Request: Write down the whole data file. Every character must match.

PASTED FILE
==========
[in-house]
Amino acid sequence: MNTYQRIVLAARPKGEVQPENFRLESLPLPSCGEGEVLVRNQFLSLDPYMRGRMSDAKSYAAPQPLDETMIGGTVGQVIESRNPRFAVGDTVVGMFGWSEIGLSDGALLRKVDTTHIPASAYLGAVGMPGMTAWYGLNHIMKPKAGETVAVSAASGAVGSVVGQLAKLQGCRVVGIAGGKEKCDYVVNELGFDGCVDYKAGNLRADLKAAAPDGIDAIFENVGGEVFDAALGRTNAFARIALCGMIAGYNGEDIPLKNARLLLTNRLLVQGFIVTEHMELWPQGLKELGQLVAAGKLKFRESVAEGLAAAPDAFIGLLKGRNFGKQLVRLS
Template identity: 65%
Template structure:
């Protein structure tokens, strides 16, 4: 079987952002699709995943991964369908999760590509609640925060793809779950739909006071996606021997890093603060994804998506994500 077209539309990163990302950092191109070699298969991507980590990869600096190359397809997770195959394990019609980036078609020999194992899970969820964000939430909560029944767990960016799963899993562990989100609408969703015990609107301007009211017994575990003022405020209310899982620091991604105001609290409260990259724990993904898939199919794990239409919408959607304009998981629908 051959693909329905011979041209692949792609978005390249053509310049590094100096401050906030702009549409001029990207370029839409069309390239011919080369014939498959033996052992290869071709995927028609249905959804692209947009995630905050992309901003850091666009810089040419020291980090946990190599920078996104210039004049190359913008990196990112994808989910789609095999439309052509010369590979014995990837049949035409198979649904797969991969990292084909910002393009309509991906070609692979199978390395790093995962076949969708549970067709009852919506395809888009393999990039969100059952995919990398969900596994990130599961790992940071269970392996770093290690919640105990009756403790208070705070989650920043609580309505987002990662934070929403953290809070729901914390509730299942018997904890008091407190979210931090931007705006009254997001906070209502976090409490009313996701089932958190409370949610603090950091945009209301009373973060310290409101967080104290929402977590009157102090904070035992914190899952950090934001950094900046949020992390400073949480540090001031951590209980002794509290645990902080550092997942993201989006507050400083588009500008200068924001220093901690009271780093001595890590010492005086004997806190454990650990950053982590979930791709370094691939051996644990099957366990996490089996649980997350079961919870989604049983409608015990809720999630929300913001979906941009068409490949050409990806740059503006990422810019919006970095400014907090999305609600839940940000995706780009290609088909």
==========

[in-house]
Amino acid sequence: MNTYQRIVLAARPKGEVQPENFRLESLPLPSCGEGEVLVRNQFLSLDPYMRGRMSDAKSYAAPQPLDETMIGGTVGQVIESRNPRFAVGDTVVGMFGWSEIGLSDGALLRKVDTTHIPASAYLGAVGMPGMTAWYGLNHIMKPKAGETVAVSAASGAVGSVVGQLAKLQGCRVVGIAGGKEKCDYVVNELGFDGCVDYKAGNLRADLKAAAPDGIDAIFENVGGEVFDAALGRTNAFARIALCGMIAGYNGEDIPLKNARLLLTNRLLVQGFIVTEHMELWPQGLKELGQLVAAGKLKFRESVAEGLAAAPDAFIGLLKGRNFGKQLVRLS
Template identity: 65%
Template structure:
């Protein structure tokens, strides 16, 4: 079987952002699709995943991964369908999760590509609640925060793809779950739909006071996606021997890093603060994804998506994500 077209539309990163990302950092191109070699298969991507980590990869600096190359397809997770195959394990019609980036078609020999194992899970969820964000939430909560029944767990960016799963899993562990989100609408969703015990609107301007009211017994575990003022405020209310899982620091991604105001609290409260990259724990993904898939199919794990239409919408959607304009998981629908 051959693909329905011979041209692949792609978005390249053509310049590094100096401050906030702009549409001029990207370029839409069309390239011919080369014939498959033996052992290869071709995927028609249905959804692209947009995630905050992309901003850091666009810089040419020291980090946990190599920078996104210039004049190359913008990196990112994808989910789609095999439309052509010369590979014995990837049949035409198979649904797969991969990292084909910002393009309509991906070609692979199978390395790093995962076949969708549970067709009852919506395809888009393999990039969100059952995919990398969900596994990130599961790992940071269970392996770093290690919640105990009756403790208070705070989650920043609580309505987002990662934070929403953290809070729901914390509730299942018997904890008091407190979210931090931007705006009254997001906070209502976090409490009313996701089932958190409370949610603090950091945009209301009373973060310290409101967080104290929402977590009157102090904070035992914190899952950090934001950094900046949020992390400073949480540090001031951590209980002794509290645990902080550092997942993201989006507050400083588009500008200068924001220093901690009271780093001595890590010492005086004997806190454990650990950053982590979930791709370094691939051996644990099957366990996490089996649980997350079961919870989604049983409608015990809720999630929300913001979906941009068409490949050409990806740059503006990422810019919006970095400014907090999305609600839940940000995706780009290609088909």